You know, things just ain’t what they used to be. There was a time when the average blue-collar worker could stay with a job 30 or 40 years without so much as a care. The same held true for many musicians who happened to be caught in the orbit of Duke Ellington’s mercurial jazz institution. For Johnny Hodges, the Ellington band provided the alto sax legend’s bread and butter for much of his natural life. First, there was the 22 years that he spent with Duke from 1928 to 1950, followed by five years out on his own and then a second stay with Ellington from 1955 to Hodges’ death in 1970.
The foregoing provides a basis for understanding Hodges’ solo work, which was done almost exclusively for the Verve imprimatur. The first spate of activity with Hodges as a leader came about during the five years that he split from the Ellington fold, with that material collated on a previous Mosaic boxed set that alas is long gone. The focal point of the set at hand is Verve material that was recorded during the time when Hodges had rejoined the Duke’s band, although technically not everything he did for Verve during the years 1956 to 1961 is included. The large band titles from the albums Ellingtonia ‘56 and The Big Sound, the sessions with Duke Ellington as heard on Back To Back and Side By Side, and a “with strings” date entitled The Prettiest Gershwin are not to be found here. Furthermore, the late sixties sessions with Wild Bill Davis, Earl Hines and the like (anyone remember the forgettable Don’t Sleep In the Subway ?) are not included.
Hopefully no one will muse greatly what has been left out of this transcendent collection, because what is inside this box is nothing short of marvelous. In fact, the only reason to get into minutia here is to insure that diehard collectors are aware of the exact contents. Disc one gets us going with the small ensemble tracks from the album Ellingtonia ‘56 along with introducing us to the distinguished sidemen that appear throughout this package, such as Lawrence Brown, Jimmy Hamilton, Sam Woodyard, and Billy Strayhorn. The same selective process holds suit for the four smaller group tracks included from a big band album aptly entitled The Big Sound.
The core of the previously released material comes from three Hodges albums, each one a masterpiece and only one of them previously available on compact disc. Duke’s In Bed was cut at a Chicago session in 1956 and features the trumpets of Clark Terry and Ray Nance, along with Quentin “Butter” Jackson, Jimmy Hamilton, and Harry Carney. From two dates in 1958 come the title Not So Dukish and Blues-A-Plenty (this album is the one that has previously been reissued as a gold disc from Classic Records). Tenor giant Ben Webster is an incredibly valuable asset on such gems as “Honey Hill,” “Saturday Afternoon Blues,” and “Preacher Blues.” Second only to Lawrence Brown, another great swing trombone stylist, Vic Dickenson, makes the scene on Blues-A-Plenty.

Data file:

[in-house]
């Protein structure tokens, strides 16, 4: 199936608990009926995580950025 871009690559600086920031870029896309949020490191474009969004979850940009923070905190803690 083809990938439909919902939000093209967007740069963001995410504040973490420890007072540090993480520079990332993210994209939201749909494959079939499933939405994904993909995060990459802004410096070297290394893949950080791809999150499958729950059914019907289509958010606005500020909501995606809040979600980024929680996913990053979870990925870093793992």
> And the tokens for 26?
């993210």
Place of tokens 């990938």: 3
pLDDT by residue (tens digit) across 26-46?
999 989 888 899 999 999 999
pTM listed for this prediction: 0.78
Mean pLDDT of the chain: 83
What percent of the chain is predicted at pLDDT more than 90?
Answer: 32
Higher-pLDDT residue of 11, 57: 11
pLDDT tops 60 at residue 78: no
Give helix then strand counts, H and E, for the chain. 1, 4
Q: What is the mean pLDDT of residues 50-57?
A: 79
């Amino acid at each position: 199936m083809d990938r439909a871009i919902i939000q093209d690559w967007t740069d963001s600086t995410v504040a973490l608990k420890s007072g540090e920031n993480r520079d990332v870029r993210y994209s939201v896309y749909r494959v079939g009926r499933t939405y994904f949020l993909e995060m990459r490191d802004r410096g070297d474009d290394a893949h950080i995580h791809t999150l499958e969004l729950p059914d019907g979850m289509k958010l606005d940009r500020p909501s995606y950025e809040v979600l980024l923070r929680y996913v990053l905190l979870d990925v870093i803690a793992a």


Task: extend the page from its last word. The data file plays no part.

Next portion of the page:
Up next for our perusal are two sessions that were never released at the time, only to appear in 1979 on the two-record set A Smooth One. One dates from 1959 and the other from 1960, both of them considerably Ellingtonian in character. We get to meet a few new names that were not part of the earlier sets including trumpeter Shorty Baker, guitarist Les Spann, tenor man Harold Ashby and bassist Aaron Bell. The need for further description seems merely superfluous. Hodges and his men came to swing and that they did. Why these tapes were released at such a late date is merely inexplicable.
Now we come to a mother load of previously unreleased performances that fills up nearly two and a half discs. The first of these, from November of 1960, was recorded on the West Coast and sports merely Hodges, Webster, and a rhythm section including guitarist Herb Ellis. Nothing too pretentious here, but things groove along nicely anyway. Fast forward one month for the only real clinker of the lot. Hodges and Lawrence Brown front a top quality backing group, but focus on ballad tempos for the duration of the program. Possibly John Clements says it best in his liner notes when he comments that “everything is well played, [but] it is rather like having spaghetti for dinner every day for 11 days!” Much more rewarding are the two final sessions from January and February of 1961. A meeting of the minds for Ellington sidemen and West Coast luminaries, such as vibraphonist Emil Richards, pianist Russ Freeman, and bassist Leroy Vinnegar, makes for merriment of the Hodges persuasion.
So in the final analysis, one couldn’t be better-off with the reissue of several long unavailable Hodges classics with more than a few bonus selections thrown in for good measure. Presentation is outstanding, as is always the case with Mosaic. The 12 x 12 box includes six discs and a 20-page booklet. Session by session commentary is provided, along with brief bio information on all the key players, and photos from the cameras of Burt Goldblatt, Francis Wolff, and Jack Bradley. All recordings are available solely through Mosaic Records; 35 Melrose Place; Stamford, CT 06902; (203) 327-7111. Check their web site at www.mosaicrecords.com for more information or to place an order.
95 performances, including 30 previously unissued tracks
Johnny Hodges (alto saxophone) with such featured musicians as Ben Webster, Ray Nance, Vic Dickenson, Jimmy Hamilton, Quentin Jackson, Russ Freeman, Shorty Baker, Billy Strayhorn, Mel Lewis, Leroy Vinnegar, Lawrence Brown, and many more
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